As the UK reels from a gas shortage, experts have warned the rise in bills will hit people on Universal Credit the hardest of all in a “perfect storm”
Some 1.7million households face a £153-a-year rise in their energy bills in the same month as the Universal Credit cut.
Charities and experts piled pressure on Boris Johnson as the damning analysis showed the “perfect storm” double whammy to poor Brits from October 1.
Ministers have insisted they will not remove the price cap on energy bills after wholesale gas prices soared.
But the cap itself is being raised on October 1 – followed by the £20-a-week benefit cut biting for the first time between October 13 and November 12, depending on people’s payment date.
The Resolution Foundation said out of 4.4million households on Universal Credit, a staggering 40% are on pre-payment meters – compared to just 10% of families not on benefits.
Those customers will face a 13% or £153-a-year rise in the price cap – more than the £139 rise in the price cap more broadly.
RF chief executive Torsten Bell said it would be “mad” to steam ahead with the £20 cut at the same time as bills are hiked.
RF economist Jonny Marshall said: “Low income families are facing a cost of living crunch on several fronts this autumn with energy bills rising alongside wider price increases, while Universal Credit is also due to be cut by £20 a week.
“Around 15 million households are set to face higher prices next week when the energy price cap is raised.
“This will be particularly acute for low income families on Universal Credit, who are four times as likely as the rest of the population to be on pre-payment meters, and therefore face even bigger increases to their bills.”
Since the RF’s figures were compiled, the number of households on UC has risen to 5million with 4.2million receiving a payment, suggesting the number on pre-payment meters could be even higher than 1.7million.
Trussell Trust policy director Garry Lemon said: “Today’s news about soaring fuel prices underlines just how devastating the £20-a-week cut to Universal Credit will be for millions of families on low incomes.
Our research shows that more than 1.3 million people on Universal Credit already fear they’ll struggle to switch on the heating this winter if the UK government goes ahead with this cut – and worryingly, some 670,000 people say it’s very likely they won’t be able to afford to switch on their oven to cook hot food.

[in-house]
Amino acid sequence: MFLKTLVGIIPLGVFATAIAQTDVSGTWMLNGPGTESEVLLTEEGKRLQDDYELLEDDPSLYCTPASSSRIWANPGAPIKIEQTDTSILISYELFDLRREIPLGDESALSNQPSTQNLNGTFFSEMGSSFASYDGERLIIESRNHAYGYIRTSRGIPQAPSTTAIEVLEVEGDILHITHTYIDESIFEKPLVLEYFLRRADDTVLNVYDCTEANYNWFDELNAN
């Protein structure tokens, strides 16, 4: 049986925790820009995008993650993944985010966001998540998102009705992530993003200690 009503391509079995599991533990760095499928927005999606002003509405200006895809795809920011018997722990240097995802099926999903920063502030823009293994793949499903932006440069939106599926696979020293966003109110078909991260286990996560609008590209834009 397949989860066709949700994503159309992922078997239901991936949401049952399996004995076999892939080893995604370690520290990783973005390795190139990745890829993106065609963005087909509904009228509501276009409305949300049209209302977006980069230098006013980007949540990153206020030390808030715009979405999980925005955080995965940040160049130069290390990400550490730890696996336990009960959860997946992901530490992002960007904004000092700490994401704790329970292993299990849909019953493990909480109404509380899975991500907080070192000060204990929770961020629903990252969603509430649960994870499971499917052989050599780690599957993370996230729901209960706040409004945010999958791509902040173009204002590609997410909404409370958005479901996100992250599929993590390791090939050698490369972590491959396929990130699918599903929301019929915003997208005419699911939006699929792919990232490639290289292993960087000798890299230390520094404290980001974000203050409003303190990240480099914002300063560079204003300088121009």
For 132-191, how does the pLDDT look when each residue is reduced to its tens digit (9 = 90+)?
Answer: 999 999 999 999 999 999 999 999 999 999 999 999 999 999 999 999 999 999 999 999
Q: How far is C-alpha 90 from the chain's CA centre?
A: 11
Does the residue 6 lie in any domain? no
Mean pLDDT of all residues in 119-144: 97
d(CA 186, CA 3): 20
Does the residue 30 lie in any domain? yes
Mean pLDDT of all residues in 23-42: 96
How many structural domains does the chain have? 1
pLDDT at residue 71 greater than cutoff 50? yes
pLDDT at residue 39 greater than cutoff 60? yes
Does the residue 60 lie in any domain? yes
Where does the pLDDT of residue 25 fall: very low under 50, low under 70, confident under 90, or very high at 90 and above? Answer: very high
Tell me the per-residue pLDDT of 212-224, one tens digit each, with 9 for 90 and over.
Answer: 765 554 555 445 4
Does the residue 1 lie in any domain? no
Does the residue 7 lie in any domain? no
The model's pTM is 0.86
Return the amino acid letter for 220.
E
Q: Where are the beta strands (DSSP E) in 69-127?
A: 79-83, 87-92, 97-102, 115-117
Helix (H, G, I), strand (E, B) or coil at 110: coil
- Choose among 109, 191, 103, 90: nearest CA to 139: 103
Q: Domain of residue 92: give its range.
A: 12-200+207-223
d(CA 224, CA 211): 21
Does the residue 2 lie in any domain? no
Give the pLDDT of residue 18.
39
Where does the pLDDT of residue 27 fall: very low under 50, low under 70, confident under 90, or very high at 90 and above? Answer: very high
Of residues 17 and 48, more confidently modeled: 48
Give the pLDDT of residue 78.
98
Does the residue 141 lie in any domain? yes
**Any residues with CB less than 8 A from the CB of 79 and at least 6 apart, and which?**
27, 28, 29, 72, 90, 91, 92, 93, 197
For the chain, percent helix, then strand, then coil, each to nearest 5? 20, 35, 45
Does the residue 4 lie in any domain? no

“These numbers could be even higher when combined with rising energy costs – but it’s not too late for the government to make a U-turn on the cut and ensure our social security system provides people with enough money to cover the essentials, like food and heating.”
Scope Executive Director of Strategy James Taylor said: “The unfolding energy crisis, combined with the price cap rise on 1 October will send many household bills soaring, and it is disabled families who will be amongst the hardest hit.
“There is a risk of a perfect storm this winter that will plunge many disabled families into extreme poverty.”
Steven McIntosh of Macmillan Cancer Support warned the energy bills hike would be “devastating” for cancer patients at the same time as a benefit cut.
He said: “A cancer diagnosis can put a huge strain on people’s finances – whether because they’re simply too ill to work, or encounter much higher costs for bills or travel while having cancer treatment.
“Our Support Line regularly receives calls from people who just don’t know how they will choose between paying for the additional heating or electricity they need, or putting food on the table. For them, and the tens of thousands of others like them across the UK, the news of energy price hikes will be devastating.
“It is utterly unconscionable that Universal Credit is being cut. We implore the Prime Minister to cancel the cut, and help to protect tens of thousands of people living with cancer from having to choose between eating or heating this winter.”
Shadow Business Secretary Ed Miliband said: “The Government must take all necessary steps to ensure stability for customers and do everything in its powers to mitigate the effects of this crisis on businesses and consumers.
“Yet it is making the squeeze on household finances worse by putting up taxes for working people and cutting Universal Credit.”
It came as two Tory grandees lost their bid to stage a last-ditch Commons revolt against the cut.
Former leader and DWP chief Sir Iain Duncan Smith, and Theresa May’s former deputy Damian Green, tried to force a vote in a debate on the pensions triple lock.
But the amendment was not selected by Speaker Lindsay Hoyle, who rules on whether such bids are relevant to the debate.
But asked how it would cope with the “double whammy”, Downing Street insisted the £20 a week cut in Universal Credit would go ahead as planned.
A Number 10 spokesman said the “uplift to Universal Credit was always temporary”.
It had been designed to “help claimants through the economic shock and the toughest period of the pandemic”, he added.
A Government spokesperson said: “Protecting consumers is our primary focus and will shape our entire approach to this issue. The Business Secretary is in close contact with the energy industry on the impact of high global gas prices, having met senior figures over the weekend, and hosted a roundtable with the energy industry and consumer groups this morning to speak further, and to plan a way forward.
“The uplift to Universal Credit was always temporary, to help claimants through the economic shock of the toughest stages of the pandemic. It’s right that the Government should focus on our Plan for Jobs, supporting people back into work and supporting those already employed to progress and earn more.
“The Warm Home Discount Scheme, meanwhile, supports over two million low income and vulnerable customers each year with their energy costs.”